Questions and answers about
the economy.

Modern data visualisation

An interactive masterclass by the Economics Observatory.

Welcome to our masterclass. At the Economics Observatory (ECO) we use data to amplify and distil the messages of our articles. Making charts clear and eye-catching, but also transparent and replicable, is critical. This masterclass is designed to share that workflow. We hope to give you a taste of the huge improvements on offer as data usage in the social sciences modernises.

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The course will take you from a being complete beginner to someone capable of designing and building stunning charts using cutting-edge tools, connected to live data. The course is designed to highlight the advantages and some caveats of using data visualisation for communicating information to a wide and diverse audience. It will also introduce some of our guiding principles for displaying data, focusing on transparency and how to select appropriate tools and methods for different datasets and contexts.

Throughout the day we signpost additional resources to develop the ideas further, allowing you to gain confidence in your own abilities and even teach others.


No prior coding experience is required. However, participants’ laptops will need to be set up to allow:

  • Access to a personal GitHub account, accessible via Google Chrome.
  • Visual Studio Code downloaded to desktop, or accessible online as a back-up option (see set-up video and slides – available on request).


09.00 - 09.30Warm up. Checking computer set ups.
09.30 - 10.301Charts as data – introducing Vega-Lite.
10.30 - 11.00Break
11:00 - 12.302Building a live website – GitHub, HMTL, CSS and JavaScript.
12.30 - 13.15Lunch
13.15 - 14.153Fetching data from APIs – if statements and loops.
14.15 - 15.154Advanced visualisations – beyond two dimensions.
15:15 - 15:30Break
15.30 - 16.305Transforming data – cleaning and formatting.

Section 1: Charts as data

The day starts with an introduction from the Economics Observatory Data Team. In this session analysts build a chart as a ‘JSON specification’ (the modern way). These files contain information on where to find the data, and how the axes should look. These chart instructions are themselves a type of data: they are shareable, replicable and verifiable.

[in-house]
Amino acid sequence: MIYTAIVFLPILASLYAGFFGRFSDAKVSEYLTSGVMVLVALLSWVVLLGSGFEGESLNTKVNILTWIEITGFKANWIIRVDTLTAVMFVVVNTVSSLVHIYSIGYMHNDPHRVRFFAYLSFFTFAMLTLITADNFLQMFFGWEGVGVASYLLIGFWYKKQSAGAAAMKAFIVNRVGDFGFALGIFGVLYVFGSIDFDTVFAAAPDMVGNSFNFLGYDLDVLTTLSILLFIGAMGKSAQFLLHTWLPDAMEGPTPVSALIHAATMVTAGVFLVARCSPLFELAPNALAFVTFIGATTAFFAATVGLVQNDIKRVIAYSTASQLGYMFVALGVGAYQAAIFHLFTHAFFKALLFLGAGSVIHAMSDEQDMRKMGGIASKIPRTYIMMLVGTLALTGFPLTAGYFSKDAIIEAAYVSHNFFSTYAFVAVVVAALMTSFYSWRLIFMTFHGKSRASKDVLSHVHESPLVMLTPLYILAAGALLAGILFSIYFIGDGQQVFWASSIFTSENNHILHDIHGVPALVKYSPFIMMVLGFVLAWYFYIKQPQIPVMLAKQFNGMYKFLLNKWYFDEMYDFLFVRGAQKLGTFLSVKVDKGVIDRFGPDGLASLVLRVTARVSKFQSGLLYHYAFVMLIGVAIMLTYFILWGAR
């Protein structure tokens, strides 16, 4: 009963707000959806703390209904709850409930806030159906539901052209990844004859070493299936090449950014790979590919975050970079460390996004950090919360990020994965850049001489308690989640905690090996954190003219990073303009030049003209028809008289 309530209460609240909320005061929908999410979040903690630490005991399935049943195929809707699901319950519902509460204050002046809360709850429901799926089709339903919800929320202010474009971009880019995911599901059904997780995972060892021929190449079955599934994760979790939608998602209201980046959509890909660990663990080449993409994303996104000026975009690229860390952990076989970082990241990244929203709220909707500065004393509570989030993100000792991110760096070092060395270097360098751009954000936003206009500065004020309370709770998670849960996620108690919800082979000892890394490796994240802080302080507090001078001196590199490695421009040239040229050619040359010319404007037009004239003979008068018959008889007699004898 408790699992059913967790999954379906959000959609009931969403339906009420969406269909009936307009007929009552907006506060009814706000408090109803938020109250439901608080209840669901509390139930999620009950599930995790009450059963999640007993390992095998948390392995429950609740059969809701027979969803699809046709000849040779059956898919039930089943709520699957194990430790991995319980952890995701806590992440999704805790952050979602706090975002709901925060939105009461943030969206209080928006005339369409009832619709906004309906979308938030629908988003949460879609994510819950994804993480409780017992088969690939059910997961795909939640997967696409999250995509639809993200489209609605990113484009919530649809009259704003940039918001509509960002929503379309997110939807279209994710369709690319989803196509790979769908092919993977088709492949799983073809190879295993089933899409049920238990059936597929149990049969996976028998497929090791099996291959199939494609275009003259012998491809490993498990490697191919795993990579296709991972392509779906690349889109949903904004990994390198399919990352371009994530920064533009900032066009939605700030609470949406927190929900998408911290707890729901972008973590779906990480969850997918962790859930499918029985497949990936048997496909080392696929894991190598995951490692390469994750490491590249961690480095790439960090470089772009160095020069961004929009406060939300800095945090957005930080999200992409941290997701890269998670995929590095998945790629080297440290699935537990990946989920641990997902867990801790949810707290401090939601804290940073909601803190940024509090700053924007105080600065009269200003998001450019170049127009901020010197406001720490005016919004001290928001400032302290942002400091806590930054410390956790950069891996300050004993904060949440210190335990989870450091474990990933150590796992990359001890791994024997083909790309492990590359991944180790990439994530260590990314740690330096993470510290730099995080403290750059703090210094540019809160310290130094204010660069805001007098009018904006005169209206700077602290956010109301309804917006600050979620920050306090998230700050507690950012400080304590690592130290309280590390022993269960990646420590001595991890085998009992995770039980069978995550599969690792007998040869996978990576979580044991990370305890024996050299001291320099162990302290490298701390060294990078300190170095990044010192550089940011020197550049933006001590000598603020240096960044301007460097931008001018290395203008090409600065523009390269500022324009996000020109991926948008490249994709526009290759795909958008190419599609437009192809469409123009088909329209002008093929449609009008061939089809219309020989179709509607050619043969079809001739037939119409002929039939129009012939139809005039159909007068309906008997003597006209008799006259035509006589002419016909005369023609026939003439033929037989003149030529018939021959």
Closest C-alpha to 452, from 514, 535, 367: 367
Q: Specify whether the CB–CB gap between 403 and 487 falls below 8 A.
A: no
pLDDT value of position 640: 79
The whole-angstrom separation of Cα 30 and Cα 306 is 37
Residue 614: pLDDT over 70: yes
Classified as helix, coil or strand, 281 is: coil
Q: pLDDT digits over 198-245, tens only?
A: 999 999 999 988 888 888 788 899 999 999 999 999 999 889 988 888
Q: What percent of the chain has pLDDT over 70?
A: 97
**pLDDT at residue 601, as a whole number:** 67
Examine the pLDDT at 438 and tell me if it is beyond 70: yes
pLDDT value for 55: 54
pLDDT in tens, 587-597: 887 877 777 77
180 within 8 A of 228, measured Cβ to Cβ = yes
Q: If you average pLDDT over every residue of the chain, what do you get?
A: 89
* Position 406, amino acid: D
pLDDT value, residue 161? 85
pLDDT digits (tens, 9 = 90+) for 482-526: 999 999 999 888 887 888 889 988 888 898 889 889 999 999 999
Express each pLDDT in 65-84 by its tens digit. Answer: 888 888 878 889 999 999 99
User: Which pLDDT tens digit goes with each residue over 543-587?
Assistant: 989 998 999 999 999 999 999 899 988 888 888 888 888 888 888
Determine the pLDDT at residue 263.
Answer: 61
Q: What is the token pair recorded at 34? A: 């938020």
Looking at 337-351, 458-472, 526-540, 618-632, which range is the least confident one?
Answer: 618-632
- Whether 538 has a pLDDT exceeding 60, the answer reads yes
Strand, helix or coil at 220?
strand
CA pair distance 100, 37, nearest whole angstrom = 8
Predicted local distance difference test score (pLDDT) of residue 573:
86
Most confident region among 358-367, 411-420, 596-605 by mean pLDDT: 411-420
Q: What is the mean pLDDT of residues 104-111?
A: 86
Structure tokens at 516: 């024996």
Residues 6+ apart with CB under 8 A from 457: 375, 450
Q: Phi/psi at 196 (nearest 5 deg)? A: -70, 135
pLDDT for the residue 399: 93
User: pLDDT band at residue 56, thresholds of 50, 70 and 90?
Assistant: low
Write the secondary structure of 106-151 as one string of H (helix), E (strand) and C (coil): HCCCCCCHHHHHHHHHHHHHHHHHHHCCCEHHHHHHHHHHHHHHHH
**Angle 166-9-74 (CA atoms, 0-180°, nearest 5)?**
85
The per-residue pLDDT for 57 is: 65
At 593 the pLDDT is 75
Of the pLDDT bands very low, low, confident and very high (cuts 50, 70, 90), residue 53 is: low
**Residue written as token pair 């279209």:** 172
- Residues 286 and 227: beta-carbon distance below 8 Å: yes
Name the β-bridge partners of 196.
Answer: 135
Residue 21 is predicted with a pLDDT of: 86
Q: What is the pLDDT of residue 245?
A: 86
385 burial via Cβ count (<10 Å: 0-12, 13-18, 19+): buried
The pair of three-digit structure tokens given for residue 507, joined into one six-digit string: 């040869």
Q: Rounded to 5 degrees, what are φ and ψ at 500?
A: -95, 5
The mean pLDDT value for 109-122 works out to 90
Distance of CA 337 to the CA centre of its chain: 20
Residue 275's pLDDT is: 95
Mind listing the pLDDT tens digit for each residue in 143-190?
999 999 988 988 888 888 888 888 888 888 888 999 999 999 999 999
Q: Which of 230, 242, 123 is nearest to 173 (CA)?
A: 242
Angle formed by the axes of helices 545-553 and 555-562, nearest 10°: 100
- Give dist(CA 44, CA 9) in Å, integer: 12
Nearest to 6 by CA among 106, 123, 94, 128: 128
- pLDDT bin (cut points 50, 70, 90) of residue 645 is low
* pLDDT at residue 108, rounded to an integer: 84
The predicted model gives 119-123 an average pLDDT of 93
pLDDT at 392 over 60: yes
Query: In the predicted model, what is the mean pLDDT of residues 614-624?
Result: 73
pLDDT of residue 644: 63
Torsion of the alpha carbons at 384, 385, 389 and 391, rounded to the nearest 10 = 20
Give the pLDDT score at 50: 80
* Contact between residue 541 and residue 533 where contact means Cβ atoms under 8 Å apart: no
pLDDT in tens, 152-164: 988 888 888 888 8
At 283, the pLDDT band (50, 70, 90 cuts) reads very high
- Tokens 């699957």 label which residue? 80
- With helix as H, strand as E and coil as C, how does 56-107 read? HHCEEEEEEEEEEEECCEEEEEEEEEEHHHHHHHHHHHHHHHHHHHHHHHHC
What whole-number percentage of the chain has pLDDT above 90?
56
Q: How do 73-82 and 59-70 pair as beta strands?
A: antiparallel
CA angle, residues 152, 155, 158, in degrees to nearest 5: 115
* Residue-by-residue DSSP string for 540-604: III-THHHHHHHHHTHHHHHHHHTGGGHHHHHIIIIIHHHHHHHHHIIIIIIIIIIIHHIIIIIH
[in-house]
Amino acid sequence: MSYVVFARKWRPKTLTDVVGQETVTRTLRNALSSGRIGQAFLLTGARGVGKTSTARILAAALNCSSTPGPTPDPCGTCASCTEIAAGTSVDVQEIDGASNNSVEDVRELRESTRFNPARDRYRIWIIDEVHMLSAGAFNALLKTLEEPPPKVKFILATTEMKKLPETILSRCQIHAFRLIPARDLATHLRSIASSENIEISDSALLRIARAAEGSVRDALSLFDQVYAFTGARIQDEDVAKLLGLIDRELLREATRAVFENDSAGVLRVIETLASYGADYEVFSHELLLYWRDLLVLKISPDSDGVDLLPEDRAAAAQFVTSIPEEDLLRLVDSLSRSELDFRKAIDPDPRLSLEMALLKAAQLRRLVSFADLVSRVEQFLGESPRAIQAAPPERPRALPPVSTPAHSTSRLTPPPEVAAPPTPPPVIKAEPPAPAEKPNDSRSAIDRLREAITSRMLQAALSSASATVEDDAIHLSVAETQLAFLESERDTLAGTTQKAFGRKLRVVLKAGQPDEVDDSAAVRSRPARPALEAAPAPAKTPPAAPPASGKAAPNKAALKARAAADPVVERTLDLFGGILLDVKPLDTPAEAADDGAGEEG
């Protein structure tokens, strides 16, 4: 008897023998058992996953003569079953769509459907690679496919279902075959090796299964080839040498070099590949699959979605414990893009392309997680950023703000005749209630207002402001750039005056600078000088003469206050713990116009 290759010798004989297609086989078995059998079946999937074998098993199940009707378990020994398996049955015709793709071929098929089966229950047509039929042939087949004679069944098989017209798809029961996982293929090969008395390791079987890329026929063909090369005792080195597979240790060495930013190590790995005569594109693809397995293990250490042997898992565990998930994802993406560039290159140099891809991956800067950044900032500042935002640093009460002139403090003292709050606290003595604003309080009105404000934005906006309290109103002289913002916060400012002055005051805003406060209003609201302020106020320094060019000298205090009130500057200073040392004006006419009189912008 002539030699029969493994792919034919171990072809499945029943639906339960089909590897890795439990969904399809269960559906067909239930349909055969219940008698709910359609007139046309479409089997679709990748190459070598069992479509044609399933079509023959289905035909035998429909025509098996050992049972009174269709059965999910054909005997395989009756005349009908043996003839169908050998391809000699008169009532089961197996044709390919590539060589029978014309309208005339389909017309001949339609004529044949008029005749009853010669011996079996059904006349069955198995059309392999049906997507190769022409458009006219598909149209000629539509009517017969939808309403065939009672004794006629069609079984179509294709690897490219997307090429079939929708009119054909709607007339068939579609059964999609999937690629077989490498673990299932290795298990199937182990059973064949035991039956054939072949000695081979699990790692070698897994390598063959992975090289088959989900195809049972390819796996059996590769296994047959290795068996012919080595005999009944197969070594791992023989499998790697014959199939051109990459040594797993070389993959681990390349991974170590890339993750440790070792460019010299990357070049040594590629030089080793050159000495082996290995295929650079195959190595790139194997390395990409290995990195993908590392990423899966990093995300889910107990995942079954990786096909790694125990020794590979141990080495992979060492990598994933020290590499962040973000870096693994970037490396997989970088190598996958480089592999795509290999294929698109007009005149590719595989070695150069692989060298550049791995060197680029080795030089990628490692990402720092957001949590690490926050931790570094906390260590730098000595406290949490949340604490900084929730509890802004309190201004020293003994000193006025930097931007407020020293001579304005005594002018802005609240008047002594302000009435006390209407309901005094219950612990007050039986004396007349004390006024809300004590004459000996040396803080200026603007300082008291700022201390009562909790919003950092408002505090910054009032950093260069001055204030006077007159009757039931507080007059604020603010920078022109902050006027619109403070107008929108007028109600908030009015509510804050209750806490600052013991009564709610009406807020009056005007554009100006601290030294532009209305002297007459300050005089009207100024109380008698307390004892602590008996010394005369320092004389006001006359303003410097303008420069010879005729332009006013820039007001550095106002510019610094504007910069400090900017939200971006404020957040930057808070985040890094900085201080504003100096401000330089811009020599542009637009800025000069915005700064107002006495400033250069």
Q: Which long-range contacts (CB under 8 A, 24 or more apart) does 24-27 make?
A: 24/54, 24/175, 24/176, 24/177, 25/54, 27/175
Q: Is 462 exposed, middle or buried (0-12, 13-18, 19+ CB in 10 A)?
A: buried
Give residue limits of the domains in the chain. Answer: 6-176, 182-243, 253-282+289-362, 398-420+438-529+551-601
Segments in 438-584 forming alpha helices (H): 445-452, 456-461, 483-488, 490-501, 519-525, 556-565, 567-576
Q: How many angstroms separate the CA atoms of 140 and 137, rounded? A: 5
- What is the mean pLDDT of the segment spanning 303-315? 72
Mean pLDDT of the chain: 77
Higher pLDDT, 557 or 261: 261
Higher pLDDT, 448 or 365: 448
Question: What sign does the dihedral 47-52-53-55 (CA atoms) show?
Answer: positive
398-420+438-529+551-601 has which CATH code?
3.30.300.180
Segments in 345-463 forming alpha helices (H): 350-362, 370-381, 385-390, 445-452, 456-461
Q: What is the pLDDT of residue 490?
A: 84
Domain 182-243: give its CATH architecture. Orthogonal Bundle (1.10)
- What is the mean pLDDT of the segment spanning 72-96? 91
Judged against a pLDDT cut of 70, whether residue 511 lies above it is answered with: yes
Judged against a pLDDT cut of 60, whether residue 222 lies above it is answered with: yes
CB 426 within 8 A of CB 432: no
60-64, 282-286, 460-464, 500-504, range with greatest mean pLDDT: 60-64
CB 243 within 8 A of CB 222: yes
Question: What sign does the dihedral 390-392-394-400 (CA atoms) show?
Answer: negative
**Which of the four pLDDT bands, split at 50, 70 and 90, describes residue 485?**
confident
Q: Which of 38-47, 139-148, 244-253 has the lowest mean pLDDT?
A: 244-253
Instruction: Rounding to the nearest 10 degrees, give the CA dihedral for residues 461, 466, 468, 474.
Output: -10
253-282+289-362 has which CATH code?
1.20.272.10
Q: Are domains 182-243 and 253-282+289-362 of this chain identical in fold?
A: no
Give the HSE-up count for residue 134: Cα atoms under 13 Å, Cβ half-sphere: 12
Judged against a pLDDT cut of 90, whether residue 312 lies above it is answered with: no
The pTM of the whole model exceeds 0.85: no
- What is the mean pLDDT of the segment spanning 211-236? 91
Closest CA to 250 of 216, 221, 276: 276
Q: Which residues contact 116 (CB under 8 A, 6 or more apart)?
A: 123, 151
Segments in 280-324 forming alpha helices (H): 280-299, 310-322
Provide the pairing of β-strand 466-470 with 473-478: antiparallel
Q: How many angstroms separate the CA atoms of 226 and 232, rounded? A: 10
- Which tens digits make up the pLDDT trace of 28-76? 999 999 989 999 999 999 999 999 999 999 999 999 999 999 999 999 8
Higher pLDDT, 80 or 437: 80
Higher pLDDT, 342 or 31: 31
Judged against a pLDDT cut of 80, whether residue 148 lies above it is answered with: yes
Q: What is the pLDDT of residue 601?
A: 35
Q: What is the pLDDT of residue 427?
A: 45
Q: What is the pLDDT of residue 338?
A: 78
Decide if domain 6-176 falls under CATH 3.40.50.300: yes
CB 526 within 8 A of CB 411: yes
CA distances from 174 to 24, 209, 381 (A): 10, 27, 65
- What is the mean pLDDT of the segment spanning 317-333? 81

Checkpoint – By the end of this session, you will have seen all three JSON types, and will have added one of these files to your personal GitHub repository.

Example - By the end of this session, you can expect to have made a simple chart like this.

Section 2: Building a live website

By now you have a live chart (your JSON file) ready to embed into your website. But first you need to build a site to host it. We will show you the simple tools that allow this. First, we make a live site (GitHub Pages), before creating a space for visualisations and adding some text description (HTML). This site is briefly beautified and personalised (CSS) before we finally embed the charts built in session 1 (JavaScript).


Checkpoint – By the end of this session, you will have your own website, with its own customised text and design. Your website will have at least three stunning charts.

Example - In this session, you will inspect and embed charts like this.

Section 3: Fetching data from APIs

Here we introduce APIs more formally, running through their strengths and pitfalls as sources of data. We also meet some workhorses of programming—if statements and loops—allowing us to batch download data. By the end of this third session, you will have embedded another chart into their site, this time powered by an API. When new data are released, their chart will update – fully automatically.